“We will always be part of the funding for this,” Efroymson said of the family fund. “We won’t be all of the funding for this.”

The Efroymson Fund was established in 1998 with a $90 million gift from Jeremy Efroymson’s parents, Lori and the late Dan Efroymson. The family business, Real Silk, started as a manufacturer of women’s hosiery but later converted into an investment firm. Dan Efroymson sold the business in the late 1990s.

Jeremy Efroymson said he would be surprised if the family fund’s current support for IMOCA amounted to more than 15 percent of the museum’s revenue.

He also said he doesn’t want to donate his time for long.

“In a year or two, I would hope we would be at the point where we could hire an executive director,” he said.

Nagler diversified IMOCA’s board membership, as well as sources of donations and grants. But the museum ran into the same difficult fund-raising environment that has caused cutbacks across the not-profit sector, newly elected board President Brandon Judkins said.

The budget was revised downward throughout the year, Judkins said. Revenue through May totaled $287,566, and was ahead of expenses by about $41,000.

West, the former curator, said his salary of $44,000 was cut 40 percent midway through the fiscal year, which closes June 30. Nagler also took a pay cut, he said.

“I thought if we could get through ’09, we could get through anything,” West said.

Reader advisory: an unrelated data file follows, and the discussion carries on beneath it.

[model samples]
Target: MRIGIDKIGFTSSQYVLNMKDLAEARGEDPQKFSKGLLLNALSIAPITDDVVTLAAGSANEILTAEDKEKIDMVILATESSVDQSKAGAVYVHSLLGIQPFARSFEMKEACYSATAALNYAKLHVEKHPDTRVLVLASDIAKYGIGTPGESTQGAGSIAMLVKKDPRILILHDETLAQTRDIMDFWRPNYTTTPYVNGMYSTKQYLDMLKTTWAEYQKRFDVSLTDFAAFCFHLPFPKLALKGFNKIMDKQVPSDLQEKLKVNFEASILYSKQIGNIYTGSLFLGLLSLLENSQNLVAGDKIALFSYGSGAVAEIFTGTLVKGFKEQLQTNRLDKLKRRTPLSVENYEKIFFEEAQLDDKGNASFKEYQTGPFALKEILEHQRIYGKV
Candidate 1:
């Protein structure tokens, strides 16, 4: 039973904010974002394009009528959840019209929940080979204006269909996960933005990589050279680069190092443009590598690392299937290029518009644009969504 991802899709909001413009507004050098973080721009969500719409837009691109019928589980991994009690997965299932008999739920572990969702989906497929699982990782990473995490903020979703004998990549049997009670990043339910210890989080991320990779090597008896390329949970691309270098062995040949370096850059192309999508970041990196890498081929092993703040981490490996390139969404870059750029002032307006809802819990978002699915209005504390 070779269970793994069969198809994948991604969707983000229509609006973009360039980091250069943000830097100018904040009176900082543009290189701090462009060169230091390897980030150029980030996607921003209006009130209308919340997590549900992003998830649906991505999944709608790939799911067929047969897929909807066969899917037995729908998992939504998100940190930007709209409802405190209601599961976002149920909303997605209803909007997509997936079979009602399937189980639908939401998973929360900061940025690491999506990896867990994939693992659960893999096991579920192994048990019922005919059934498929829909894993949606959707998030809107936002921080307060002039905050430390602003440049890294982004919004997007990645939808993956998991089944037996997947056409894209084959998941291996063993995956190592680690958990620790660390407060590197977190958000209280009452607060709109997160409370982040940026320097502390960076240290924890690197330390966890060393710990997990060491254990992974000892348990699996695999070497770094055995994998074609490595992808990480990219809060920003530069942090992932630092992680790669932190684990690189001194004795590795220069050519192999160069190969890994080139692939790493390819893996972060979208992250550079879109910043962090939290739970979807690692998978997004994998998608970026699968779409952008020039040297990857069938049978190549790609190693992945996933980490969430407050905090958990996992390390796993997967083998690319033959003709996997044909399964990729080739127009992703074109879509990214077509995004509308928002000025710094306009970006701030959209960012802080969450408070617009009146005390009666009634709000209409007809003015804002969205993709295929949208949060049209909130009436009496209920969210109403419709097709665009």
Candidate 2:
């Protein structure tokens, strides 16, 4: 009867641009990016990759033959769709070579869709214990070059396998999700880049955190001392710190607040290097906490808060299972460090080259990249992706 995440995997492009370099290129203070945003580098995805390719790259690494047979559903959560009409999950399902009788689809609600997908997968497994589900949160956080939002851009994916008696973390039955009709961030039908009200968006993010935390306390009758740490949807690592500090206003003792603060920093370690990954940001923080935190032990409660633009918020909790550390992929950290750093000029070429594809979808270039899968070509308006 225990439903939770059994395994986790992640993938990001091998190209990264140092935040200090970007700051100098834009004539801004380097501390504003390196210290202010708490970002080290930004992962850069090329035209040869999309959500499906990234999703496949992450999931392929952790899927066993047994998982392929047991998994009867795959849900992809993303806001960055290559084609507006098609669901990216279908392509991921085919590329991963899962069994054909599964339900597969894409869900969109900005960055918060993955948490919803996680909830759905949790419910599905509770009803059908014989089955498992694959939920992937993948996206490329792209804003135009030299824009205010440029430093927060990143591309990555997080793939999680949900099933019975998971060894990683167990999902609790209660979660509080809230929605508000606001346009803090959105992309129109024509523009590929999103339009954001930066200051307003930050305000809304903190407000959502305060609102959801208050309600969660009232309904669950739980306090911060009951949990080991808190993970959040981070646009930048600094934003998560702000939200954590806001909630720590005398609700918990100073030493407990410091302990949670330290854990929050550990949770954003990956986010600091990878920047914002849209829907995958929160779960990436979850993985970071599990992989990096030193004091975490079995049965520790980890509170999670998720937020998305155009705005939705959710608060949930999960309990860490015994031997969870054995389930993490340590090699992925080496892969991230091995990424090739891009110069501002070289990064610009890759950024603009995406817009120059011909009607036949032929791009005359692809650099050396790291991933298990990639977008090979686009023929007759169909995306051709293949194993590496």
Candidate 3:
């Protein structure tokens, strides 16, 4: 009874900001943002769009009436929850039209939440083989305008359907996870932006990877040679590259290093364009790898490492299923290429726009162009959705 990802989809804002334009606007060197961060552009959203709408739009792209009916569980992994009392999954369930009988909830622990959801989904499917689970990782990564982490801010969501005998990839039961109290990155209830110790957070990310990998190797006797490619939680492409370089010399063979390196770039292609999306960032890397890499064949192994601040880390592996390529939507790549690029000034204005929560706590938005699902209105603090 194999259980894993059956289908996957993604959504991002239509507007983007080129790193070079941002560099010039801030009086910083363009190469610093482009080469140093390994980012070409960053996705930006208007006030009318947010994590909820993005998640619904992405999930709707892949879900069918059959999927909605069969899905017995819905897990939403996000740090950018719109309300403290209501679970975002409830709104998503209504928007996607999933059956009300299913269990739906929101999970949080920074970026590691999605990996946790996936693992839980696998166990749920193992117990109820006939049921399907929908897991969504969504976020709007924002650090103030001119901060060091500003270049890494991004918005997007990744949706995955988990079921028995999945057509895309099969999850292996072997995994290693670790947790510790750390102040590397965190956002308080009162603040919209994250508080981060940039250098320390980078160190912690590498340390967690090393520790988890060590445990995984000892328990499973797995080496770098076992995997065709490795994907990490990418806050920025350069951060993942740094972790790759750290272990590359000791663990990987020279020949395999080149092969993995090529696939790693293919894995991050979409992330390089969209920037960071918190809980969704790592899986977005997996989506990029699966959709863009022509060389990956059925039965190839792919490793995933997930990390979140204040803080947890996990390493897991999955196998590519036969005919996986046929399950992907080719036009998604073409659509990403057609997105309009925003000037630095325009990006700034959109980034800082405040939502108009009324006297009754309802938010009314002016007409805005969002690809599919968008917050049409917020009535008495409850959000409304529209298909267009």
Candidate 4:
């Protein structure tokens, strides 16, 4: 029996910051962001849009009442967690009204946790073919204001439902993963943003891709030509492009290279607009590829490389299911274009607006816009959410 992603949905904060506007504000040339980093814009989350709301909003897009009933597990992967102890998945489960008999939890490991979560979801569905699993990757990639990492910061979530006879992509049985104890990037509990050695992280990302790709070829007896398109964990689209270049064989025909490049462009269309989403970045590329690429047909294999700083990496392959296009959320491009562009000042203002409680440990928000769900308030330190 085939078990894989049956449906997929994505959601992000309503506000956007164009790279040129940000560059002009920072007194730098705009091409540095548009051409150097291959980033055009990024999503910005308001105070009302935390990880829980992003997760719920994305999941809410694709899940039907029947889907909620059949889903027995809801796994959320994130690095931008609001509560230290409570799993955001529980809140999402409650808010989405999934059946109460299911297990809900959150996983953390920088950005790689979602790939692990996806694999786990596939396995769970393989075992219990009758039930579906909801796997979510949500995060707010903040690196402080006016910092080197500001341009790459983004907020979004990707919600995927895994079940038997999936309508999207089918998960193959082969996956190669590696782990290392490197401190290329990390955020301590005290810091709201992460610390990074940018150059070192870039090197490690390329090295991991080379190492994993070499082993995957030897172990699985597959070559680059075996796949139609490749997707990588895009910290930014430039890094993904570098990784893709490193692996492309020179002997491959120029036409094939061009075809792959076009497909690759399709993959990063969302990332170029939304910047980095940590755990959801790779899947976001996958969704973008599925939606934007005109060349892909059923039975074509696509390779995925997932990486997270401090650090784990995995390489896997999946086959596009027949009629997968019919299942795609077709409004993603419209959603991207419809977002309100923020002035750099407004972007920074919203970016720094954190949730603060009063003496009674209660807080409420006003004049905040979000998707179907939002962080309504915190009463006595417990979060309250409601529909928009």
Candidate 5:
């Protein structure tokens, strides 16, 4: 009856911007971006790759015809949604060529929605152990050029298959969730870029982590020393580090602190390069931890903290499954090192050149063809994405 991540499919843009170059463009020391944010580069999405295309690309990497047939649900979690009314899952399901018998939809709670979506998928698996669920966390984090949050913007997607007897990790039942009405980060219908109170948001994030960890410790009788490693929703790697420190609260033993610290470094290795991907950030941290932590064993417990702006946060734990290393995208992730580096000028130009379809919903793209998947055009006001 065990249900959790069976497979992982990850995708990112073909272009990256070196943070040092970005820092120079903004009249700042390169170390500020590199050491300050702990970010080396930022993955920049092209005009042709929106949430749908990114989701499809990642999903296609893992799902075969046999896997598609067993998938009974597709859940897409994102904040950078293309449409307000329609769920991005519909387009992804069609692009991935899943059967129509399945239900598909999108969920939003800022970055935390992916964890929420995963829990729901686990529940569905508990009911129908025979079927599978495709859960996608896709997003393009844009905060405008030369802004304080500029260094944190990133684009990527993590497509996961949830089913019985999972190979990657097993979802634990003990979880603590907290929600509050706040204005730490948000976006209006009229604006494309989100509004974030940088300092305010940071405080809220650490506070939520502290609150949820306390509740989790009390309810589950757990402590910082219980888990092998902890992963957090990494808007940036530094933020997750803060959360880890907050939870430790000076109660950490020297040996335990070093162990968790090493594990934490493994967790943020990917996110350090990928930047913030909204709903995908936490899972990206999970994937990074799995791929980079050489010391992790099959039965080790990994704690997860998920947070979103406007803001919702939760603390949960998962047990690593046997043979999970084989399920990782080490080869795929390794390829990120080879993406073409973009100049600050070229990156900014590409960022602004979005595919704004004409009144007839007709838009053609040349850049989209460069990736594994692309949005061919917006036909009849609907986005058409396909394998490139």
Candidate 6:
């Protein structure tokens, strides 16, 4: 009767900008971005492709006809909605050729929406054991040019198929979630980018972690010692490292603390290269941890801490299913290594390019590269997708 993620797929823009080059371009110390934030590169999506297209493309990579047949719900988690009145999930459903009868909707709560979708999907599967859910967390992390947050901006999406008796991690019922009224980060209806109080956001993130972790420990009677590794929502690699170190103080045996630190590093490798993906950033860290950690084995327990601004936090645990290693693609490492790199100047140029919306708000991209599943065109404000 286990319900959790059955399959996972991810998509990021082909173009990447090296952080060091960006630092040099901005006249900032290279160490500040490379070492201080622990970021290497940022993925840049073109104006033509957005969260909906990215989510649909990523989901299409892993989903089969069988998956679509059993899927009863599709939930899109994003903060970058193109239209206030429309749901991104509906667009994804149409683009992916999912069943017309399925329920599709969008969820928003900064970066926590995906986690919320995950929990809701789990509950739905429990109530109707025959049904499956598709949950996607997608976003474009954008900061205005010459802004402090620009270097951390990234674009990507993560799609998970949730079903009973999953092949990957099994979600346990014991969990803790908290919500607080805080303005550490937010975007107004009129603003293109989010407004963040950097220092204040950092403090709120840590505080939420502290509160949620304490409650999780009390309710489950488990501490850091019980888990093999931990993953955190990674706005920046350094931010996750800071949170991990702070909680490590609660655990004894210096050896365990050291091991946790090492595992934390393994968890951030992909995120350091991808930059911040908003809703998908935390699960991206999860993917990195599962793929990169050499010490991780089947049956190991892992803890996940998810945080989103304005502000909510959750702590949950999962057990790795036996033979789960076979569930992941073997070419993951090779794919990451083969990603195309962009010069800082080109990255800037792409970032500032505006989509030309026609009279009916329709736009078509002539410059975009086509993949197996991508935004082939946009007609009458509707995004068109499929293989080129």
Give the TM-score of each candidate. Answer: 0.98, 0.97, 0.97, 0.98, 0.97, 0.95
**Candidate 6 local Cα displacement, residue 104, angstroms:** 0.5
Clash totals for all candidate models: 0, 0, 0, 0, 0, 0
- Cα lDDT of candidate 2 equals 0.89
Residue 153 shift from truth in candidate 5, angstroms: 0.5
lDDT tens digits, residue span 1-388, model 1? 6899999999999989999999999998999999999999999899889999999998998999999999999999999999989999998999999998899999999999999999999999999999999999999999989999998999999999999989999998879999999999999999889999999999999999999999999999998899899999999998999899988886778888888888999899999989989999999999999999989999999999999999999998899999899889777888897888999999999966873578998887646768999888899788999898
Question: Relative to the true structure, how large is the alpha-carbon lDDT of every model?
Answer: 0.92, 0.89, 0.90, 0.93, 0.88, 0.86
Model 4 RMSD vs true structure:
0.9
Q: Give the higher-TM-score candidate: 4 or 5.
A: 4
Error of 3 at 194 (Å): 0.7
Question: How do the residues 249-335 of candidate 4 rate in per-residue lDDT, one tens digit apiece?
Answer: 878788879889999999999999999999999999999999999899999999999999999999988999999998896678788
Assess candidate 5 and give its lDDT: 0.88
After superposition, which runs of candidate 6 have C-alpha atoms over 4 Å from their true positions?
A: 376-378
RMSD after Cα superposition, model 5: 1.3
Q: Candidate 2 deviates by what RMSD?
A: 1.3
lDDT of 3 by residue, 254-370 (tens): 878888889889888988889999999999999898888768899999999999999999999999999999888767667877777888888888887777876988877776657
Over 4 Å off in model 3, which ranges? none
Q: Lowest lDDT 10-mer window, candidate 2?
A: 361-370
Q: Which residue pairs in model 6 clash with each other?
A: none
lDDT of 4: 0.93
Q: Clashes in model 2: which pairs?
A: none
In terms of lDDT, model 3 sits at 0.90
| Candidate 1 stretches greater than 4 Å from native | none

Nagler could not be reached for comment.

Controlling costs

Efroymson said he plans to keep expenses low by using free-lance curators, and focusing on talent from the Midwest for the next year.

Grants and contributions are the museum’s main source of revenue.

“You can do a lot with a little if you need to,” he said. “If we get the grants that we got last year, we’ll be fine.”

At the same time, IMOCA hopes to hammer out a deal with developer Craig Von Deylen for space in Fletcher Place Arts, a $9 million mixed-use project proposed along Virginia Avenue.

Efroymson said the museum needs more space if it’s going to broaden its offerings because contemporary artists tend to create sprawling installations.

“That will really help us out quite a bit in terms of what we’re able to show,” he said.

Efroymson doesn’t have typical museum-administrator qualifications. He has a host of academic degrees and he’s traveled widely in the art world. In 2007, he agreed to serve as executive director of a proposed contemporary art museum in Carmel. The Midwest Museum of Contemporary Art never secured a space in Carmel’s downtown arts district.

Efroymson said he didn’t think the two contemporary art museums would compete. In fact, he said he prefers to think of arts organizations sharing in a “large pool of resources.”

Judkins said Efroymson has the right background to steer IMOCA toward a successful future.

“We need to think anew about how we run this museum,” he said. “This is the time to bring back somebody who has that entrepreneurial mind-set.”

Efroymson said he’d like to have six exhibits a year, including shows held outside IMOCA’s gallery in conjunction with other arts groups.

Efroymson also intends to use guest curators, who will be paid with grants for specific shows. Using free-lancers is a way to cope with the lack of financial support available for ongoing operating expenses, such as salaries. Guest curators also can provide special expertise.

Efroymson said he hasn’t had a chance yet to start contacting potential partners and curators.

“I know every single person who does anything with arts in the city,” he said. “It won’t take me more than a couple of months to get this all together.” •